Dear Credit Card Adviser,
A lot of credit card companies seem to be changing fixed-rate cards to variable rates. Does the new credit card law treat these types of rates differently?
Some issuers have converted a portion of their credit card fleet from fixed rates to variable rates, including Bank of America and JPMorgan Chase. Discover Financial Services changed some cards to variable rates last October and Capital One followed suit earlier this year.
The switch makes sense when you consider imminent credit card regulation and the low U.S. prime rate, which serves as the index for most variable-rate cards. That base rate plus a margin makes up the annual percentage rate.
"We typically see some movement in the pendulum at this point in the interest rate cycle anyway as card issuers position their portfolios for an eventual increase in interest rates," says Greg McBride, senior financial analyst at Bankrate.com. "But I think we will see a greater than normal movement from fixed to variable because of the looming credit card legislation."
McBride says that currently about 66 percent of credit cards are variable rate. That ratio climbed to 70 percent in the last decade, and he believes it could rise as high as 75 percent.
One reason fixed-rate cards might not disappear altogether: competition. Some issuers may offer them to stand out in a variable-rate market, says CEO Bill Hardekopf of Alabama-based LowCards.com.
What does a switch to a variable-rate card mean to you under the new law? Cardholders generally must receive 45 days' advance notice before a change to the interest rate takes place. This provision takes effect Aug. 20 this year. No notice is required, however, for variable-rate increases tied to index shifts. Consumers will have to -- and should -- check their interest rate on their credit card statement each month for changes.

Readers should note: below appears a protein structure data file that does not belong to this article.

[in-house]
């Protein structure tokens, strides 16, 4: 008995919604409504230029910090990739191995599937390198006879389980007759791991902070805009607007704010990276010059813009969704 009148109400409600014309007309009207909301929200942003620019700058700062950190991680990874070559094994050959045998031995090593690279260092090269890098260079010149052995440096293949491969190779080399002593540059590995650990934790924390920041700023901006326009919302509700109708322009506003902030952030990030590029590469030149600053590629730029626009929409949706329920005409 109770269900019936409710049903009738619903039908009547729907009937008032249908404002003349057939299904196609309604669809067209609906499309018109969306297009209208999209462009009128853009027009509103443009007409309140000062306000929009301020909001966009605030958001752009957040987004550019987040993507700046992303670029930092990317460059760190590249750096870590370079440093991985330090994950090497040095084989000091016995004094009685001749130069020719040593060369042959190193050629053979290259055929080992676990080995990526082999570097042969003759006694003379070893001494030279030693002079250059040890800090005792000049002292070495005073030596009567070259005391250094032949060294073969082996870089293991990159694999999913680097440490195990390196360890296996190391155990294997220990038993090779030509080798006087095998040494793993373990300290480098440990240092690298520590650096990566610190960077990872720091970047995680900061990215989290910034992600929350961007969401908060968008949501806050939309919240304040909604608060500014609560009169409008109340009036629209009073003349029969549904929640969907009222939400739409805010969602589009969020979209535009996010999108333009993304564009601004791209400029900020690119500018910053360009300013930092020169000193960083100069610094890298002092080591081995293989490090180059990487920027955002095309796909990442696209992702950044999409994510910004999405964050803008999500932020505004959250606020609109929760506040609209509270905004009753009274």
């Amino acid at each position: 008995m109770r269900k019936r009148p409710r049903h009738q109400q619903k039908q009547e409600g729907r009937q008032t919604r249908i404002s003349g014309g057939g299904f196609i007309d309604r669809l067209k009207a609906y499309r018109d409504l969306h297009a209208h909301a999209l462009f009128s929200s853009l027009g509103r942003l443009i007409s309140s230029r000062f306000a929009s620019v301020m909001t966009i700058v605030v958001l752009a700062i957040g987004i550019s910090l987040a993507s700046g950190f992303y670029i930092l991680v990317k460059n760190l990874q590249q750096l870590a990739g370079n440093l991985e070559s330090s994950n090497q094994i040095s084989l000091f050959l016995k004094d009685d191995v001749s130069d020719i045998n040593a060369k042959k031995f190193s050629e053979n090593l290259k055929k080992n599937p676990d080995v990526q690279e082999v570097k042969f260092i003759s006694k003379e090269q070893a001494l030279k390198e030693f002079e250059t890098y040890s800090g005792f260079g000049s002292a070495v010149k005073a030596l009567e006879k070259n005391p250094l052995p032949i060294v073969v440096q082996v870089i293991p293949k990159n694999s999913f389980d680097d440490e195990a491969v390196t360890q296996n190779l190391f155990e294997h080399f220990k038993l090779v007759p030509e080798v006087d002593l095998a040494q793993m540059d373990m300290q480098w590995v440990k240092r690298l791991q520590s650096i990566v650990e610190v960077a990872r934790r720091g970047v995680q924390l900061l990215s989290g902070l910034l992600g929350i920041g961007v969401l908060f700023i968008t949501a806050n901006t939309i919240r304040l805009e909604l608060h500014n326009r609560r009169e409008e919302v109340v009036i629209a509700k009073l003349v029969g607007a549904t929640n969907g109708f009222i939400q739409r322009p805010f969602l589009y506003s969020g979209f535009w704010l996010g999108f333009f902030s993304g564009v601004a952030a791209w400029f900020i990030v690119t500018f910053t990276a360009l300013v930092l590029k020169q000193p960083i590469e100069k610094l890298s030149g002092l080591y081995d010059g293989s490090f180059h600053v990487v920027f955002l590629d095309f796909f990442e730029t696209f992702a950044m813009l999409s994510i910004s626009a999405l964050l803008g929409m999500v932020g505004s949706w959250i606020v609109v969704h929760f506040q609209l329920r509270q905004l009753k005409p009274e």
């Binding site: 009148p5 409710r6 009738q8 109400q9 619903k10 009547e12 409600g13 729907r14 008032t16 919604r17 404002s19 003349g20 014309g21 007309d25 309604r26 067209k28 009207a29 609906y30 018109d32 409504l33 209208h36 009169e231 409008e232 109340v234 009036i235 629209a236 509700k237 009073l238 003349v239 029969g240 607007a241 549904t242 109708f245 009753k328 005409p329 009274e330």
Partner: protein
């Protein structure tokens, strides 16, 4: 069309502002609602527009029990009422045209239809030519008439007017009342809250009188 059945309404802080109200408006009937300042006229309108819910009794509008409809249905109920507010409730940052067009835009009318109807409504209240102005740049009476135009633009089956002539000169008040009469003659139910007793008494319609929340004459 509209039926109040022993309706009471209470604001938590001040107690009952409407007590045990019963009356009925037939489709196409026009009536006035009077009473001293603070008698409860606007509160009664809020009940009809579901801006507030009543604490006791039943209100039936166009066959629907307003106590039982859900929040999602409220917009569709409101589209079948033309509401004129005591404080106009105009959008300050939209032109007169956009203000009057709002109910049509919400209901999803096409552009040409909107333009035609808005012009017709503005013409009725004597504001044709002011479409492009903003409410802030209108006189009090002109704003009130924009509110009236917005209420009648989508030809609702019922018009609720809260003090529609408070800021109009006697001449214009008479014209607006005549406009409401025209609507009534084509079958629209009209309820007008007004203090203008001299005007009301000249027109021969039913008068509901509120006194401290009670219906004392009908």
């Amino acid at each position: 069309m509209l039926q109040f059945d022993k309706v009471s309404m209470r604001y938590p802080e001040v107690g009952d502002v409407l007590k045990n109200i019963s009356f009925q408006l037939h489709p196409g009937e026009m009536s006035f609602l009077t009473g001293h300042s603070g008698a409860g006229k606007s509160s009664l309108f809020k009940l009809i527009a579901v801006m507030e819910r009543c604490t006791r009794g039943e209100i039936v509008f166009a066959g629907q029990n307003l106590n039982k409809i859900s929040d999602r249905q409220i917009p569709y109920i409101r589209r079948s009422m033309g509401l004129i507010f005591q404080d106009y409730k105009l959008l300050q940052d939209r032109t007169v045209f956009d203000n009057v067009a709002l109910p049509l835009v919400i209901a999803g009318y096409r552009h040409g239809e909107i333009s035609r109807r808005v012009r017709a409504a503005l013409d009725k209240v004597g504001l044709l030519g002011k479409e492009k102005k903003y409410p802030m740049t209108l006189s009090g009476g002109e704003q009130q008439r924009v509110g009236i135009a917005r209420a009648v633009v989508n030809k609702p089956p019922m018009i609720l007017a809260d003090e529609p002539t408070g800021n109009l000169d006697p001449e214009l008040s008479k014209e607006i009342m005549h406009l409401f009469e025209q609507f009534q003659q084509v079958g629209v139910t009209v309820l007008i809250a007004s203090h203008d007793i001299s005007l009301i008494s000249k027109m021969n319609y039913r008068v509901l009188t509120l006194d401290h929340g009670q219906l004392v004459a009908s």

Applicants approved for new variable-rate cards also aren't shielded by a provision in the Credit Card Accountability Responsibility and Disclosure Act that restricts rate increases during the first year after account opening. Rate upticks due to moves in the index can be passed on to variable-rate cardholders inside the first year -- even during the promotional rate, according to Chi Chi Wu, a staff attorney at the National Consumer Law Center in Boston. Promotional APRs must last at least six months.
McBride says that the interest rate itself is just as important as whether it's fixed or variable, and advises debtors to pay down balances quickly. "Even if the card isn't switching to a variable rate, understand that rates are only going to go higher for the foreseeable future anyway," he says.
Use our pay-down calculator to determine your debt-free date or compare low-interest cards on Bankrate.
When interest rates eventually peak, more fixed-rate cards may return. As rates decline, issuers may switch variable-rate cards to fixed rates or institute minimum rates, also known as floors. The law doesn't bar such switches.